Crime Library: Criminal Minds and Methods

GEORGE METESKY: NEW YORK's MAD BOMBER

City Under Siege

On December 2, 1956 a small group of New Yorkers looking to forget their pre-holiday worries filed into the Paramount Movie Theatre in Brooklyn. Some moviegoers were weighted down with Christmas packages obtained in afternoon shopping excursions. Others carried briefcases, the contents of which they hoped to escape for a couple of hours.

Escape from everyday cares was imminent. At 7:55pm, a bomb ripped apart the theatre. When the smoke and panic cleared, six people were injured. Three of those injuries were serious. As the bomber himself would soon write, it was "by the hand of God" that nobody had been killed.

Everyone knew whom to blame for the attack. The Mad Bomber (or F.P. as he signed his mysterious, paranoid letters) had been planting bombs in New York City for sixteen years. Unfortunately, neither the public nor the police believed he would be stopped before someone was killed.

The bomber's competence made tracing his devices nearly impossible. Years of traditional police work had broached few leads, and everyone from city officials to the local media to ordinary citizens were asking why the most sophisticated police force in the world had come up with nothing.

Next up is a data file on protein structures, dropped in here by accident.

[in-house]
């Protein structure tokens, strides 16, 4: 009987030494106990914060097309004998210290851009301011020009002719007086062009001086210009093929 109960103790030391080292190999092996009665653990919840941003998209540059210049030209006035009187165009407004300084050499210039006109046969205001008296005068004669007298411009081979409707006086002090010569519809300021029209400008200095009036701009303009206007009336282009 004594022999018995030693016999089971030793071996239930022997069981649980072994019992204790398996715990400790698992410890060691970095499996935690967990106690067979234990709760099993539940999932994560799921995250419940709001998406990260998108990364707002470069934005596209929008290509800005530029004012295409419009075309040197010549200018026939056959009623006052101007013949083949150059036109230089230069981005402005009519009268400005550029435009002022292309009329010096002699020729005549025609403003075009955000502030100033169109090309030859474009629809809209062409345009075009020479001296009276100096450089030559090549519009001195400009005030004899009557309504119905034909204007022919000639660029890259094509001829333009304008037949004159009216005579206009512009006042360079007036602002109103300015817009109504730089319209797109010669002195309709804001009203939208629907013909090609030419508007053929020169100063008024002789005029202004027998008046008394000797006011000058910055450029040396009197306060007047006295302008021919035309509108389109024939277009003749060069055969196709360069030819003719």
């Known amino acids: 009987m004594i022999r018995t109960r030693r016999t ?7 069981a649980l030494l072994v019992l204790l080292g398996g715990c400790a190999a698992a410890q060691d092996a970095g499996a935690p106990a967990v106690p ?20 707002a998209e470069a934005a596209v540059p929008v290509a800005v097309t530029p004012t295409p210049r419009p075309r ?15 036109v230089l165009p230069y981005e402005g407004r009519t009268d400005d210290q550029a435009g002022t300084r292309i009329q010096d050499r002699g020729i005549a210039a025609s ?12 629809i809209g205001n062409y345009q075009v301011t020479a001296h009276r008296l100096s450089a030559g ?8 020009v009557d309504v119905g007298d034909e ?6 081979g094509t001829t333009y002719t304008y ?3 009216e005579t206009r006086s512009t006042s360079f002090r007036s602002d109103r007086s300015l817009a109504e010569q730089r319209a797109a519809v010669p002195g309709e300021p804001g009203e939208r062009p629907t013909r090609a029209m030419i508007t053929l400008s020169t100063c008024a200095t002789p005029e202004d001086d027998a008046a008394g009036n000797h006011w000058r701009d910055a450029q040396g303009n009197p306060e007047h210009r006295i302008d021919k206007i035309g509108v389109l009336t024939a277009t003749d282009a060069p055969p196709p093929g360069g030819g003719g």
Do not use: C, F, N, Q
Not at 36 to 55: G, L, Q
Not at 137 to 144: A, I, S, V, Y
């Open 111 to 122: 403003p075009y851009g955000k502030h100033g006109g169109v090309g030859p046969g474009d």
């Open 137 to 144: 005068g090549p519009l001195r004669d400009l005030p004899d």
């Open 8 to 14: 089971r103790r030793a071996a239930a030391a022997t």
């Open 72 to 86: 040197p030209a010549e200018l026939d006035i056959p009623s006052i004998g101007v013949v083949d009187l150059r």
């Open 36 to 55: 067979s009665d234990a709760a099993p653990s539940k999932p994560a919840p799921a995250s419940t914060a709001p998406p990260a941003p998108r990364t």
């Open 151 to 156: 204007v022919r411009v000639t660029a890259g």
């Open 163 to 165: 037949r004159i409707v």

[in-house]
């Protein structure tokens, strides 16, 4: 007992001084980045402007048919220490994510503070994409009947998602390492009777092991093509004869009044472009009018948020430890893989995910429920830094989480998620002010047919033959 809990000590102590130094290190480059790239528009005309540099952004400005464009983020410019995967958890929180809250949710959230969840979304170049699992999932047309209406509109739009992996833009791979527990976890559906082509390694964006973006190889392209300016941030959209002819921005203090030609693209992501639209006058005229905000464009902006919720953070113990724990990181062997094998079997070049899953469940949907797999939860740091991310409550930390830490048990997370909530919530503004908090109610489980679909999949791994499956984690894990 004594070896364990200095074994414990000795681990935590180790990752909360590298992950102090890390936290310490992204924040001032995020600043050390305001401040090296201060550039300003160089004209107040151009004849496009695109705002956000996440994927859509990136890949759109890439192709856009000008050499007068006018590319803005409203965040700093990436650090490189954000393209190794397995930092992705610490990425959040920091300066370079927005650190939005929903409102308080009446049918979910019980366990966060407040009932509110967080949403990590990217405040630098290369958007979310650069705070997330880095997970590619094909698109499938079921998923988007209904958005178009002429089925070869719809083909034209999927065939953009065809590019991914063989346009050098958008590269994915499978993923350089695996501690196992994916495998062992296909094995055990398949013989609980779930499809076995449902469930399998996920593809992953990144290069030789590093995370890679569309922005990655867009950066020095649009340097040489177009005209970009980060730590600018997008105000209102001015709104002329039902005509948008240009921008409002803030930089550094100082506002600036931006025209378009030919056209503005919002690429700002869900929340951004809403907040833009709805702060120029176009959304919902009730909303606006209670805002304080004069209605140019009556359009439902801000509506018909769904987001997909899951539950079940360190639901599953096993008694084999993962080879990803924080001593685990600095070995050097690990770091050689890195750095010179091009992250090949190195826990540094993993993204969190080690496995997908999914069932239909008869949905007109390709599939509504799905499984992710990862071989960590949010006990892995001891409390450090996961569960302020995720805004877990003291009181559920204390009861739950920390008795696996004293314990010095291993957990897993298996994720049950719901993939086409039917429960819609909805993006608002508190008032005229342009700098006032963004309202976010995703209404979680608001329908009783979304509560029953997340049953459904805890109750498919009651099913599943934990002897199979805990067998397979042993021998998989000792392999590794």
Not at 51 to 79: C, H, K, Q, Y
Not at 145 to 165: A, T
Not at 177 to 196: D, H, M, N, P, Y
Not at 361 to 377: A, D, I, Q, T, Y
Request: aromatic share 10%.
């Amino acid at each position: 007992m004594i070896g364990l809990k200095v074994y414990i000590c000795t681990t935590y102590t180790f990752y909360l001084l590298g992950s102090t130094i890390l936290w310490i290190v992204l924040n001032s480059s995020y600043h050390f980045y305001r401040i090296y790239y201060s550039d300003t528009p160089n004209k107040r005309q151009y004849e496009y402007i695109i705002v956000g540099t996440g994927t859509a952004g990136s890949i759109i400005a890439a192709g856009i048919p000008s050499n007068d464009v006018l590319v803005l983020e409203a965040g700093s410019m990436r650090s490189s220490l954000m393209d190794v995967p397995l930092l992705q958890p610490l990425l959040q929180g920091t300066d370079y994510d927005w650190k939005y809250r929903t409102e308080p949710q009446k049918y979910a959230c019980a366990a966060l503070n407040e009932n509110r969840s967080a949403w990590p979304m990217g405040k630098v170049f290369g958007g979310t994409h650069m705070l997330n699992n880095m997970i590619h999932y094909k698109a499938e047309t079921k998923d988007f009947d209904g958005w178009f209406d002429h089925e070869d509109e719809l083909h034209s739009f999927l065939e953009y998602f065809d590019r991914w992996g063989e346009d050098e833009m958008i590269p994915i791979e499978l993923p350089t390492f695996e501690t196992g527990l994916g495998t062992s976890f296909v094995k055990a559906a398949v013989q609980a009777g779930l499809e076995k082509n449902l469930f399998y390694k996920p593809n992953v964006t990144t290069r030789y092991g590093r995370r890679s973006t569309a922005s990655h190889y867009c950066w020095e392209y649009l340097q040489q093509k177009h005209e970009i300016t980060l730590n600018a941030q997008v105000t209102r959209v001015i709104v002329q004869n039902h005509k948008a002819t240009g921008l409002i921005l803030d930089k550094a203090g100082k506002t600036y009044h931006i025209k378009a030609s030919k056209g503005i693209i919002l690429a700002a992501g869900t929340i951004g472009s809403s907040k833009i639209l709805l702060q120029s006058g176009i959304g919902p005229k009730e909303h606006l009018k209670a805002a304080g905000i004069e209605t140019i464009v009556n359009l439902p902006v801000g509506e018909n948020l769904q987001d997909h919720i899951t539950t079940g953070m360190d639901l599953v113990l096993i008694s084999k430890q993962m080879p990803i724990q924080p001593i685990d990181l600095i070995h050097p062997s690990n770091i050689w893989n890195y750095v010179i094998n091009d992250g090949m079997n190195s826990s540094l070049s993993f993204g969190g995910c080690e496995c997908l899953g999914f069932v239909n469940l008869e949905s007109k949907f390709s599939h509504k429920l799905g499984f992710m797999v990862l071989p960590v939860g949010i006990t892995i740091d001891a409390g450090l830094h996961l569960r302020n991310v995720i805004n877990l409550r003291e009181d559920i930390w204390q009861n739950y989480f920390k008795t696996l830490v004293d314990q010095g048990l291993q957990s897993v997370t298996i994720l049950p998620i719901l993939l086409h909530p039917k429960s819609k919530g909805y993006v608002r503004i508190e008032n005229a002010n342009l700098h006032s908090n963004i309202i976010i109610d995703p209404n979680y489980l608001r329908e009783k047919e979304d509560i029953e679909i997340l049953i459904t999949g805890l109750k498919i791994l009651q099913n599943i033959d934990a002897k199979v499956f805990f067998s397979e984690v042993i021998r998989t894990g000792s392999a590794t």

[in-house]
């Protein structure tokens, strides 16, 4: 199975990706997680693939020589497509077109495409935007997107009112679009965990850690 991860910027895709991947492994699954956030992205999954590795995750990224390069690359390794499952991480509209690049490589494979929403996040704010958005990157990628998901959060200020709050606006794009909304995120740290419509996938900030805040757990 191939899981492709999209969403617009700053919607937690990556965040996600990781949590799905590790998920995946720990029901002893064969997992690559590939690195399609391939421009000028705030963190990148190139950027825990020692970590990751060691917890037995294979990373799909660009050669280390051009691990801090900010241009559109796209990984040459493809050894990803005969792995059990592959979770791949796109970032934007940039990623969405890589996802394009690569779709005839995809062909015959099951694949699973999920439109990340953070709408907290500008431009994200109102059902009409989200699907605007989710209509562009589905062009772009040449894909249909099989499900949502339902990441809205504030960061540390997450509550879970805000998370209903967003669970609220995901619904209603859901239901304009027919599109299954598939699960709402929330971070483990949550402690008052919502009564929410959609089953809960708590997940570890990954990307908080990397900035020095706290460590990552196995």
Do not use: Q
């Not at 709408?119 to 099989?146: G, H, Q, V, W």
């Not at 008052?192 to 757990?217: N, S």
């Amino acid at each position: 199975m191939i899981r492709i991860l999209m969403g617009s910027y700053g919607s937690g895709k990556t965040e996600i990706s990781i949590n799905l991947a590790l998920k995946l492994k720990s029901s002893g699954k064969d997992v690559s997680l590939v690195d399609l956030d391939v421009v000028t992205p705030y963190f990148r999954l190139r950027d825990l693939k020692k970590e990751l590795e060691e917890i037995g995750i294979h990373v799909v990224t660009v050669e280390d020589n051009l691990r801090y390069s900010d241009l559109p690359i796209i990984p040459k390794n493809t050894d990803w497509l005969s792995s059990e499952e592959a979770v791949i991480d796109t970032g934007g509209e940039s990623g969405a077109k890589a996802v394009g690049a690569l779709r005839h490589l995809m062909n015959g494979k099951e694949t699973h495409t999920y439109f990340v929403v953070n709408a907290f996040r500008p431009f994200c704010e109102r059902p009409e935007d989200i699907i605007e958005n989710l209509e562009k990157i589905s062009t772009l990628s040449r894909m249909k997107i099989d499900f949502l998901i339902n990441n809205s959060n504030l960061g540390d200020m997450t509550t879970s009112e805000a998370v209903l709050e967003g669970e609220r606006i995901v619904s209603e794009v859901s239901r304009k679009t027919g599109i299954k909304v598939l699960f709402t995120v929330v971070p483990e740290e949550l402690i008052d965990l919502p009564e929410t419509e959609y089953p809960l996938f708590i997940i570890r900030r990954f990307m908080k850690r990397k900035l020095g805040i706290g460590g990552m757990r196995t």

The detectives working the case were at their wits end and ready to try anything. After all, the Mad Bomber's devices were getting more powerful with every explosion and his incessant, arrogant letters to the department and local media were making them look bad. The papers had not printed the bomber's letters at the request of detectives, but they did cover the case.

The media's conclusion: New York City was paralyzed. Heady with a post war economic boom, the greatest port in the most powerful nation that ever existed the mysterious Mad Bomber was holding the city hostage with fear.

Since traditional means had been fruitless, Inspector Howard Finney of the New York City crime lab decided it was time to try something new. He asked his friend Captain Cronin at the Missing Person's Bureau if he had any ideas. Cronin suggested that perhaps a psychiatrist could work up a profile of the bomber and that profile could be useful in catching him. The concept of criminal profiling wasn't precisely new, but it was certainly experimental and had not been used effectively to solve a major case. Cronin recommended Finney talk to a friend of his that had had some minor success in psychiatric detecting.  

As a tough and respected veteran of the force, Finney had the clout to try the radical idea. He was himself a man of science with a master's degree in forensic criminology and ran the crime lab tightly and effectively. Although he remained skeptical of "head-shrinking," Finney decided to give the concept a try.

His bulging case file tucked firmly under his arm, Finney and two of his detectives paid a visit to Cronin's friend, a Manhattan criminal psychiatrist named Dr. James Brussel. Little did Finney know just how helpful Dr. Brussel would be in helping the police find the madman that had eluded them for sixteen years.

 

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